Two weeks ago, the voters in San Diego and San Jose, the second and third largest cities in California, overwhelmingly passed measures to reform their pension plans for city employees.
On the heels of these two votes, Mayor Antonio Villaraigosa directed Chief Administrative Officer Miguel Santana to immediately begin discussions with the City Council on a series of pension reforms that the mayor proposed in April. Last week, at the U.S. Conference of Mayors in Orlando, Mayor Villaraigosa continued his push for pension reform, telling his fellow mayors that he was prepared to take his reform measures directly to the voters in spring 2013 during elections for mayor and City Council. Read More
The Los Angeles Kings made our city and county of Los Angeles happy and proud last night with their 6-1 victory over the New Jersey Devils and the first ever Stanley Cup for a Los Angeles team. Athletes whose names were unknown to many residents before the playoffs began have now become heroes in our community and appropriately so.
The Los Angeles Area Chamber of Commerce is proud to have been one of the two co-sponsors of the Proposition 28 - Term Limits Reform - with the Los Angeles County Federation of Labor. In yesterday’s primary election, Proposition 28 garnered the support of 61 percent of the California voters and passed in every county in the State.
President Barack Obama emphasized the need for making education a national priority, which will produce a workforce capable of capitalizing on a global economy. This commitment comes at a time when 83 percent of our nation's low-income fourth graders failed to read proficiently. In Los Angeles County, only 41 percent of third grade students score proficient or higher on English Language Arts.Read More
The statewide primary election is June 5 — one week from today. Proposition 28 is on that ballot and gives Californians a change to fix one of the many things that is wrong with state government.
Sacramento is not working as it should. Californians agree and are frustrated by the lack of leadership and decision making in our state capitol. How do we move past the status quo of disappointment and disfunctionality?Read More
More than 100 L.A. Area Chamber members are taking part in ACCESS Sacramento
today and tomorrow to advocate for legislation
to dramatically improve the statewide business climate and place the highest priority on growing jobs and the economy.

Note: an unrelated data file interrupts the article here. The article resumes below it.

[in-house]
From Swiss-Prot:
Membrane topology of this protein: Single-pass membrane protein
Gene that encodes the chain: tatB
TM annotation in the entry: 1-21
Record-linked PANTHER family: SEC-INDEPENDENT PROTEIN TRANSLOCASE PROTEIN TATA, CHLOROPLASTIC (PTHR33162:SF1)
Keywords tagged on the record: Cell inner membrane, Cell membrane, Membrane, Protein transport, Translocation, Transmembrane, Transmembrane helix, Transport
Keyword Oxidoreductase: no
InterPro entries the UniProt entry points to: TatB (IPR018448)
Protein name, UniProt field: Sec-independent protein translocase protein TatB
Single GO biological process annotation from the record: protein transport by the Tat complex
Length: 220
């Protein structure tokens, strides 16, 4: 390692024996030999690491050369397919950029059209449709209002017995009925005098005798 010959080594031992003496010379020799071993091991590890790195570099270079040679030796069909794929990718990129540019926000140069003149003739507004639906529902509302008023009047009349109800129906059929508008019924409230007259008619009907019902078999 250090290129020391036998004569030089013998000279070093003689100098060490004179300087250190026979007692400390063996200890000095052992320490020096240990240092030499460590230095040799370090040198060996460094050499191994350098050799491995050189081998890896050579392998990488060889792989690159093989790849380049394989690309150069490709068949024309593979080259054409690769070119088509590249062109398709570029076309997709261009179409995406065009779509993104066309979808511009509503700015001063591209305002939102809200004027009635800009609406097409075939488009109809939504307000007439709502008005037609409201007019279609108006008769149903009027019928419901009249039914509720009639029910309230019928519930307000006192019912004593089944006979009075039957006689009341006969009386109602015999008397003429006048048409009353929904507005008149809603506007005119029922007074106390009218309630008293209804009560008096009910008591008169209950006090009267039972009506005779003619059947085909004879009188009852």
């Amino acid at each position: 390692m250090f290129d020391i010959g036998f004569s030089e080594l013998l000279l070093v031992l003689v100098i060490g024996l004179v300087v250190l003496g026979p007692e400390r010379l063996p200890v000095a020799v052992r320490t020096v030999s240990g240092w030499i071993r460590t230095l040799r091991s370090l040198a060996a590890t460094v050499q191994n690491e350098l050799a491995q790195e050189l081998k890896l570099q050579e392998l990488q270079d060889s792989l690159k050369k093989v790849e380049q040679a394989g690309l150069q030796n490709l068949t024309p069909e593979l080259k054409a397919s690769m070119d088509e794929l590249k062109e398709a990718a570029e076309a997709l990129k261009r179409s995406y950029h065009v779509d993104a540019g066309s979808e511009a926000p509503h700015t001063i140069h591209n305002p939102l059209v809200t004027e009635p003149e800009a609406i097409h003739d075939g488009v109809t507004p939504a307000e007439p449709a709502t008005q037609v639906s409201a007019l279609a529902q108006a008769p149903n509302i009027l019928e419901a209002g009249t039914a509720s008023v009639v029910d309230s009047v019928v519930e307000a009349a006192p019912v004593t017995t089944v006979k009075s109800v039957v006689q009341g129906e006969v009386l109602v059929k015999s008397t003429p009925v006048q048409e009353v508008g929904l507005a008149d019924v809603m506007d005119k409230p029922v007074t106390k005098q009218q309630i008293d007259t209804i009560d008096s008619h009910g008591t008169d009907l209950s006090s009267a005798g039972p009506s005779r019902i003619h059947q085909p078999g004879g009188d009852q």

The course of California's future is being set right now in Sacramento. Decisions made this year will determine the rate of business growth, the number of new jobs created and the strength of our education system. Every day businesses are being stymied by anti-competitive regulations, residents are losing faith in the State's ability to deliver essential services and California remains in dire need of a long-term strategy for budget stability.Read More
The Los Angeles Times
ran a story over the weekend that missed the mark about the influence of the business community at L.A. City Hall, which prompted me to send a letter to the editor on Sunday afternoon.
In my response to the story, I pointed out that business is an aggressive advocate at City Hall and actively engaged in city elections.Read More
The original intent of California's term limits law was to end the era of career politicians and cultivate a new breed of citizen-legislator to focus on the needs of their constituents. But things haven't turned out that way.
The author of the original law, former Republican Assemblymember Pete Schabarum, laments that that law is not working as he intended. In an article in the Los Angeles Times
, he said his hope was that term limits would encourage a new type of "citizen legislator," one who would serve for a period of time but return to private life, allowing new individuals to offer their ideas and perspectives to government. Unfortunately, that has not been the result.Read More
Last week was a significant week for transportation. Locally, the Los Angeles County Metro Board of Directors approved the first 3.9 miles of the Westside Subway Extension, and the first phase of the Expo Line, 7.9 miles from downtown to Culver City, opened to great fanfare.Read More
Filling a $222 million budget deficit is a daunting task and there are many objectors to the 2012-13 budget proposal that Mayor Antonio Villaraigosa presented to the L.A. City Council last Friday. Immediately after the budget was presented, members of the public objected to more cuts in city services and additional fee increases. City employees said they had already sacrificed enough and responded with a “no” to reopening negotiations on wages, benefits and pensions. And regular City Hall budget critics said that once again the mayor was kicking the can down the road to the new mayor and City Council that will be elected in 2013 and 2015.